Flash simplifies creating the three mouse states by defining each part as a button ... but then the mouse cursor changes to a hand, which is totally nonstandard. This can be disabled in code.
I don't understand why each version of an operating system uses a different set of colors - in Windows 98, ScrollBar controls were light tan (grayish), with Windows XP, they are blue ... and the icons are even different.
Drawing the Arrows
As you draw the triangle, you will be able to rotate it. Though it can be oriented in any direction, it tends to stick when oriented up, down, left, or right.
Don't worry about the size or position ... after drawing the Arrows, use the Properties frame to explicitly set Height, Width, X, and Y according to the table below.
Using the data on 3D Controls, I created an UpButton graphic and a DownButton graphic. What a pain, I had to repeatedly edit and re-edit because the XY coordinates kept changing. For instance, if you set one of them to 1.0, when you check it later, it is now 0.9 ... or perhaps 1.1 - this changes on a regular basis. You can tell something is wrong because there are gaps everywhere.
Then create 4 separate buttons that use those graphics.
|X||5||6||5||6||5||6||5||6||1 to the right|
This is just another way to say that Flash is not very logical and that the built-in help was not particularly useful. This section documents some of my failures ... and a Flash desigh problem or two.
Creating the Arrows
That's right, in design mode, arrows were displayed (as expected), but when the form was run, ....
Unfortunately, there is no way to include the Marlett font in the final document.
In my opinion, if a font won't work, then it should not be available.
Then I tried to use this base clase to create 4 buttons, each with an arrow pointing in a different direction. Unfortunately, this does not work ... the buttons no longer press. Apparently, you should never make a button from a button.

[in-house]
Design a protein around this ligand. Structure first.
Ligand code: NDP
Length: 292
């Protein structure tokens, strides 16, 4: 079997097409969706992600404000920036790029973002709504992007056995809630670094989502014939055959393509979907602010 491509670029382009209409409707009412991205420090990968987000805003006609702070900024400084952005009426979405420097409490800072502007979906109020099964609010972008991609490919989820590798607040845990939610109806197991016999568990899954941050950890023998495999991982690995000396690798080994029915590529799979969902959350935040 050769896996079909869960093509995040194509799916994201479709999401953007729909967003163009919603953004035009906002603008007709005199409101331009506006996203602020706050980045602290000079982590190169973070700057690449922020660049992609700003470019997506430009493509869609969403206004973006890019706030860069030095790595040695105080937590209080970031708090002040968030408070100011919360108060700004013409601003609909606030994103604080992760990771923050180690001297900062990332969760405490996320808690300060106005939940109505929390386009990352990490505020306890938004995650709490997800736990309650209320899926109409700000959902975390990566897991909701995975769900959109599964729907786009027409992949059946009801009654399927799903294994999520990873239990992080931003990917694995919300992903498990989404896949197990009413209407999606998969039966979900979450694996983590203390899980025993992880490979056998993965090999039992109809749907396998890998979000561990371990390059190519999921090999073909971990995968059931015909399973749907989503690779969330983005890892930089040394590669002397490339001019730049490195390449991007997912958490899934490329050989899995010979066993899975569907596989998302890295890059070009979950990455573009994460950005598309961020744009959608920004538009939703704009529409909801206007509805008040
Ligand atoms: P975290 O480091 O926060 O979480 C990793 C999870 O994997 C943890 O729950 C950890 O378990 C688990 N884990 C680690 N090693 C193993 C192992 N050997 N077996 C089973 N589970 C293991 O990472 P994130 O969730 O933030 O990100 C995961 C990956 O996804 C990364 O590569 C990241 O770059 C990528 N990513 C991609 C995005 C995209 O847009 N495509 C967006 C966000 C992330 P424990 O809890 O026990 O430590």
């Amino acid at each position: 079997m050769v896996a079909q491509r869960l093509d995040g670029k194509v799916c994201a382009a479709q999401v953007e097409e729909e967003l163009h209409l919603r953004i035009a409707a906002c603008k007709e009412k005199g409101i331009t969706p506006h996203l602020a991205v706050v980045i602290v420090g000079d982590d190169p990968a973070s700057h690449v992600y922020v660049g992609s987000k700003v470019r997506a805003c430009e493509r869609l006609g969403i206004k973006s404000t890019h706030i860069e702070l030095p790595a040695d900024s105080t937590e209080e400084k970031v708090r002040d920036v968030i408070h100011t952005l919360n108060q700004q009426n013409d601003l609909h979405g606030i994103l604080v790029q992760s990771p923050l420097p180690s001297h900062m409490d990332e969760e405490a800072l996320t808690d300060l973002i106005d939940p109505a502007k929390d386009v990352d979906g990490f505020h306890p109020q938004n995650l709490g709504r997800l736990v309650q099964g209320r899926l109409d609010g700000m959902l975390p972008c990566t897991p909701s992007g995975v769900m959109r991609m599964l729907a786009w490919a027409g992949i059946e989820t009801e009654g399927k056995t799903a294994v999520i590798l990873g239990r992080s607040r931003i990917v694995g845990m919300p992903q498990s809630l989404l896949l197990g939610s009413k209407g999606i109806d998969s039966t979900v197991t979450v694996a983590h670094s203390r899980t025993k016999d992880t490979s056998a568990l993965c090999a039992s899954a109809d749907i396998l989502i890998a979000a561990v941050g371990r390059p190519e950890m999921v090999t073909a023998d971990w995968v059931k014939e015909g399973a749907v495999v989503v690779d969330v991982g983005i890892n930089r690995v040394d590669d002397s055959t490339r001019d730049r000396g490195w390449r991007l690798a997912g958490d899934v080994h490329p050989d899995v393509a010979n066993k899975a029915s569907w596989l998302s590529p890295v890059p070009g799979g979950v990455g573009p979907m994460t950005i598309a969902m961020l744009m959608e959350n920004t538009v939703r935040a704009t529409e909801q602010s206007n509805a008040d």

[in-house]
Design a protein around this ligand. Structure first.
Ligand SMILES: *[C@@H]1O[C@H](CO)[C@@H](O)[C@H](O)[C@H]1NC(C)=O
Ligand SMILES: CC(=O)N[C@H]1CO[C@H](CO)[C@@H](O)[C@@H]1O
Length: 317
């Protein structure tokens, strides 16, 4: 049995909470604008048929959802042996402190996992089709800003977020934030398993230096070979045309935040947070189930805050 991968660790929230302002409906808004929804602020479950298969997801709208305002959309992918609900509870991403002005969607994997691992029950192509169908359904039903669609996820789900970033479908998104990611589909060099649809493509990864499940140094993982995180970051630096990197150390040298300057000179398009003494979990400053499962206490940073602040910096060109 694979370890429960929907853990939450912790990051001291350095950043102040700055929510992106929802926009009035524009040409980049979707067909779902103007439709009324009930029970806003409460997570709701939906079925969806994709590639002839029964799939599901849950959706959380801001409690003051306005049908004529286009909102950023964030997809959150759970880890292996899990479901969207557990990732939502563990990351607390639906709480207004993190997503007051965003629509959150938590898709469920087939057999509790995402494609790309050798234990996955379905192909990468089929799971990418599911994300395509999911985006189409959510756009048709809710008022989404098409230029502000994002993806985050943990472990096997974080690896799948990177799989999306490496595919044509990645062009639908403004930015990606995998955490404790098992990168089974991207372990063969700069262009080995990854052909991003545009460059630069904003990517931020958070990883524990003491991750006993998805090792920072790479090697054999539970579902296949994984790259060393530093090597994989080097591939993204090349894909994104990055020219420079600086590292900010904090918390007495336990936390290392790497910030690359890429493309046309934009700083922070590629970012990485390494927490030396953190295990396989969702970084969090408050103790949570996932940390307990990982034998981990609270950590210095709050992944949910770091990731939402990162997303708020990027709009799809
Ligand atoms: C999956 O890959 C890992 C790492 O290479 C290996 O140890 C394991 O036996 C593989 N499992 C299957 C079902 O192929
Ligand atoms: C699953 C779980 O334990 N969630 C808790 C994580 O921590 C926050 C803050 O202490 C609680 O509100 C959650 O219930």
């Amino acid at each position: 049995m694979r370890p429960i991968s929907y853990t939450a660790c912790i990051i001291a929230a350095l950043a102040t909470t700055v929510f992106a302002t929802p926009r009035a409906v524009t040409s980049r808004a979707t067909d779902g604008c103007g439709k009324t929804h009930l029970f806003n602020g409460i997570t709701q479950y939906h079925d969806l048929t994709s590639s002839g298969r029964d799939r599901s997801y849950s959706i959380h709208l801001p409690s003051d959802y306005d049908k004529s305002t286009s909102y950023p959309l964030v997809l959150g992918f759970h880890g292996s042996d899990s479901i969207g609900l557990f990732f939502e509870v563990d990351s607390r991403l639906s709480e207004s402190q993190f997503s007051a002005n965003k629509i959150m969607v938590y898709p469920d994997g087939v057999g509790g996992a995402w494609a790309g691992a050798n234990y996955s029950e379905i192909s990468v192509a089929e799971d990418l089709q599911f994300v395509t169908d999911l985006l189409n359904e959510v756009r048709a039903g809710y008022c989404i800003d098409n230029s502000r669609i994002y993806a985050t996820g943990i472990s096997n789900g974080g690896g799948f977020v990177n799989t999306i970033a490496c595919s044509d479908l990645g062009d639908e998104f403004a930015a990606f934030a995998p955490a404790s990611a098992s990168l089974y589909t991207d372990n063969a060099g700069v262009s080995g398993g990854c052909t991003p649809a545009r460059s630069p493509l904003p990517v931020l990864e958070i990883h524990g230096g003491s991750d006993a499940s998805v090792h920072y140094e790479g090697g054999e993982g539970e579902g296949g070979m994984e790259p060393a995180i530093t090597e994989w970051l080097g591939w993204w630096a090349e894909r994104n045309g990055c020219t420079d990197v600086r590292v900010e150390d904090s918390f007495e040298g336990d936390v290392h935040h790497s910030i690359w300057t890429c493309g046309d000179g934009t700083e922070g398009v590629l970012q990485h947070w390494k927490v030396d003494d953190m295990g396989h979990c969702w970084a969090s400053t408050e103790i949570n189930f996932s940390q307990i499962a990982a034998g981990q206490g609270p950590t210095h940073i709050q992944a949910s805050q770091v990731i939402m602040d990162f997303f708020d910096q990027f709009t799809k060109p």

Granted, this approach and the one described above both create 4 button objects, but ... If this were a true object oriented language, this type of experimentation would not have been necessary.
Well ... that is not even close to true. When I stretched my scroll bar, the arrows at the ends were highly distorted. Maybe 9-slice scaling just doesn't work with MovieClips made of MovieClips ... but that is not in the help.
Solution, I had to reset the "fixed" component sizes in the code.
|Component||Design time||Run time|
At runtime, the Channel width should have been 474.0 - the length of the object on the form ... Not the value from the MovieClip.
On the form, the Scrollbar shows a width of 474.0 ... Yet it also shows a different value in code.
In addition to this (and probably related), I had to repeatedly edit the height, width, x- and y-positions on all MovieClips used to create the scrollbars - Flash kept magically changing them. And, when the scrollbars are rendered, the sharp 1-pixel wide lines are blured across several lines.
This program - yes, I mean Flash by Adobe - has so many design problems I'm suprised anyone can make it work.
Oh, it worked ok as long as I didn't try to change the size of the scrollbar